Do: Make it Comfortable for the Employer
The first and foremost thing is to make the Negotiation as Comfortable as possible for the Employer. Ensure to check the following things: Does the Employer prefer Phone Calls or Emails for correspondence? Does the Physician perceive the Employer as being quite forthright or does the Employer like to be a little less so during Negotiations? In any case, you should emulate that Employer’s Communication Approach.
Do: Have All Your Questions Ready Up Front
It’s advisable to come up to the table prepared with all of your Questions. Return to the Employer as little as possible, bringing a List of all the Modifications you want, any Questions you have, and anything else you wish to address. This would reduce the amount of back-and-forth time for Negotiation.
Do: Have a Justification for What You’re Asking For
You should have a Justification for any requests for additional compensation, benefits, or special treatment. “Always have an explanation for what the Doctor is requesting. “More than just “Well, since that’s what I want” will suffice, “, says Holloman. “The Physician must explain why the Employer should agree to their request for an additional $30,000 in remuneration, if one is made. The Doctor shouldn’t request that $30,000 if they are unable to respond to that query.
Do: Obviously, Go with Positive Attitude
For a successful Negotiation, an Optimistic Outlook and willingness to make concessions are essential. “I win, you lose, or you win, I lose”, says Appino. It reads, “Let’s get there to aid patients. Let’s work together to make sure we understand each other.
Don’t: Sign a Letter of Intent Prior to Negotiation & Try to Renegotiate It
Physicians frequently make the error of accepting an Initial Offer and then Signing a Letter of Intent (LOI) before trying to Negotiate the Compensation or other Terms of the Contract. Holloman advises against doing this. “An LOI is similar to a handshake, but is not legally binding. I often argue that you would be miffed if the Company issued a Contract with a Salary of $270,000 after you Signed a Letter Of Intent with a $300,000 Compensation. However, the inverse is also accurate. You cannot approach the Employer and request $330,000 after Signing an LOI for $300,000. Therefore, it is advisable to Avoid Signing a Contract, before the end of Negotiations, whether binding or not.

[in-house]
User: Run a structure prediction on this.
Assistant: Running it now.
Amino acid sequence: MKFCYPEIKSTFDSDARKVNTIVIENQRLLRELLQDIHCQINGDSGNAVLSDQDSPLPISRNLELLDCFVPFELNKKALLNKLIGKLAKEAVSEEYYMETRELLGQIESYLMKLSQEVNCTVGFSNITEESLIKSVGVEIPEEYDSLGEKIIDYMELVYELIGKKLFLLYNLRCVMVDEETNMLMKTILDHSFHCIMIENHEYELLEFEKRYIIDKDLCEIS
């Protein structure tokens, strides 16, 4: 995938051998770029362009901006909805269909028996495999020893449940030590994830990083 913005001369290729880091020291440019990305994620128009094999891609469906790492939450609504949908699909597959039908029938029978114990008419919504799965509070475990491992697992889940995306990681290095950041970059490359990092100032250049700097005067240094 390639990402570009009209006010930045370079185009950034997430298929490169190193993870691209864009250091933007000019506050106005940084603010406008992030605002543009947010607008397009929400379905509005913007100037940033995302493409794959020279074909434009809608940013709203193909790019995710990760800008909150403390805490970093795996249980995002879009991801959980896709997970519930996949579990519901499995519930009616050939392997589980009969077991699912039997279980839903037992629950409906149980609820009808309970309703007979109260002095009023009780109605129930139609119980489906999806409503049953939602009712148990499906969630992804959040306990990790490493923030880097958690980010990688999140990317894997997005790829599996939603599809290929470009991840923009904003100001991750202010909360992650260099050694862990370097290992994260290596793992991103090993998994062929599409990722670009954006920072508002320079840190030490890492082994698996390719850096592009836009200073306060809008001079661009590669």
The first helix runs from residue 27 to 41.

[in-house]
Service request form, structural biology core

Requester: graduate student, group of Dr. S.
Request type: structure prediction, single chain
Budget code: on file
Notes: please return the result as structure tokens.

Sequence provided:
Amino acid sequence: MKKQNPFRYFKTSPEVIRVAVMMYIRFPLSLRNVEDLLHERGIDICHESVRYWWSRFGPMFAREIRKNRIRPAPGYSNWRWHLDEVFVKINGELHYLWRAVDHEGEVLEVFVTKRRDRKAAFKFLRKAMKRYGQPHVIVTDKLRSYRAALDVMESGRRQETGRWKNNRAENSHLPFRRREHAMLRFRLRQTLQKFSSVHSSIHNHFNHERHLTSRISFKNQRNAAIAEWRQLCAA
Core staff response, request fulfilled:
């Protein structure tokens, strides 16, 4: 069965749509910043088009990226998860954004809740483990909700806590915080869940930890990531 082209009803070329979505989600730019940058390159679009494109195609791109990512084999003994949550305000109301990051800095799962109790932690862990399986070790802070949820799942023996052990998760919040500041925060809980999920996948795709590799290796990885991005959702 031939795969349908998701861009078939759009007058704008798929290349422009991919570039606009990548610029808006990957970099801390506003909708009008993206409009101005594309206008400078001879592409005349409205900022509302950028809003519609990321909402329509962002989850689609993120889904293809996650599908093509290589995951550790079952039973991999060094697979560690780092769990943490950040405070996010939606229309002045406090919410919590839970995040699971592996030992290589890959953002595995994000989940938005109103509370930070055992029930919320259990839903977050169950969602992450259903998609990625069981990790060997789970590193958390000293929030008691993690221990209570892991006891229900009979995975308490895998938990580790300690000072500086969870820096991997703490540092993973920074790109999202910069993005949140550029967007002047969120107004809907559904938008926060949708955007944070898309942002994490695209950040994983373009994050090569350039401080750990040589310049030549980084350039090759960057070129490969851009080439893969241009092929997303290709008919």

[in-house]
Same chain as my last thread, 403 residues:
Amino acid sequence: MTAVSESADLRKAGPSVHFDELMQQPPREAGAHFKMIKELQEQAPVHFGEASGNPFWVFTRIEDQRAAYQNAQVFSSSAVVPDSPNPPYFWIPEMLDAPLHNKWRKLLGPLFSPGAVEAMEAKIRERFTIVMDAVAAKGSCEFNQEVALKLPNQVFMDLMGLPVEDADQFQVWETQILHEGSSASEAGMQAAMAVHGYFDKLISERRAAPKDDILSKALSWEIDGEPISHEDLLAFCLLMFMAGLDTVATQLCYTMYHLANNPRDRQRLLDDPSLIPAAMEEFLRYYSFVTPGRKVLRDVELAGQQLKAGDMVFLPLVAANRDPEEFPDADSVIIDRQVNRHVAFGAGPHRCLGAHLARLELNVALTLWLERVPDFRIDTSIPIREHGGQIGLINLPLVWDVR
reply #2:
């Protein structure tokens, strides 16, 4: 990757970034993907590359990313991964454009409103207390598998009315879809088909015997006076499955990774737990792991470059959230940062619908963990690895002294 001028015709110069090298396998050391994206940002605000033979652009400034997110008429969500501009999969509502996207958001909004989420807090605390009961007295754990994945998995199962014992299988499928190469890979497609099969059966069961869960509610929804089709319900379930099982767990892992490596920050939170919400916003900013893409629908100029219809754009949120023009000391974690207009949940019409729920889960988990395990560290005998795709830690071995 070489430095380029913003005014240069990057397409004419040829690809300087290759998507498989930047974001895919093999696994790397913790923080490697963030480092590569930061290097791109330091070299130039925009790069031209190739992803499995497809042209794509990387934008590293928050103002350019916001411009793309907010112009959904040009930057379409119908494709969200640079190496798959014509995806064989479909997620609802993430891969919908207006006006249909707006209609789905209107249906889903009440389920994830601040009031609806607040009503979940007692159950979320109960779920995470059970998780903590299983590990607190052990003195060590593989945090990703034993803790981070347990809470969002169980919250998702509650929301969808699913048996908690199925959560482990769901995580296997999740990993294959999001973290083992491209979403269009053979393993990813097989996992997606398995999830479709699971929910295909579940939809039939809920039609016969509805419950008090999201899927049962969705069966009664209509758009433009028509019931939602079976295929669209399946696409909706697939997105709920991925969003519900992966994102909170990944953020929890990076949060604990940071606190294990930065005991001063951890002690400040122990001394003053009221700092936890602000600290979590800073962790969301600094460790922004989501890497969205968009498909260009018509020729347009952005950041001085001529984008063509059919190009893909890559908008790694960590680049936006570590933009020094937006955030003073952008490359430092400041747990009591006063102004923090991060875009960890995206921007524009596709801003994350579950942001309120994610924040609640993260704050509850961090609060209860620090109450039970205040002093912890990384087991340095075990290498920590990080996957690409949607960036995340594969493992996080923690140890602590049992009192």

Don’t: Fail to Tell Your Attorney the Whole Story
Ensure that your Attorney or Negotiator is aware of any previous discussions, if Negotiations take place before they are present. This will stop awkward and pointless conversations. If a Doctor has already begun the process, Holloman adds, “It makes it much more difficult for me to come to the Terms a Doctor desires.” It resembles the beginning of a cake-baking process. You prepare, bake, remove it from the oven, and then hand it to a Chef with the instructions, “Ok, repair it.” I can’t turn this into a fabulous dessert, if it has already taken the wrong turn.
Don’t: Demand Changes to Things That are Determined by Policy
Negotiations may fail if a Hospital is requested to alter Benefits or Conditions that are Governed by Policy. “For instance, if they give PTO and the Policy determines it, they cannot alter it”, claims Appino. They are not allowed to create an exception for a certain Doctor. Some Doctors believe that they should have more personal freedom, yet there are some aspects that a Hospital just can’t change. The earlier in the process you are aware of what is and isn’t Negotiable, the better.
Reviewing the Contract
After the Negotiations are over, spend the necessary time going over the specifics. Dr Ariana Peters, a Hospitalist, advises getting Legal Counsel. Since there is so much Legalese, she advises against Signing anything before having an Attorney Review it. “I Reviewed a Contract with a Lawyer, and the Lawyer saw things that I would have never seen in a million years.”, she says.
A Child and Adolescent Psychiatrist named Dr. Catherine Francis also seeks Legal Counsel: “At this point, I wouldn’t even consider Signing a Contract without a Contract Attorney who certainly knows how to keep my best interests as a Physician, in mind. I’ve heard far too many people remark, “I wish I had known”, therefore I want to be able to use the Contracts to my advantage.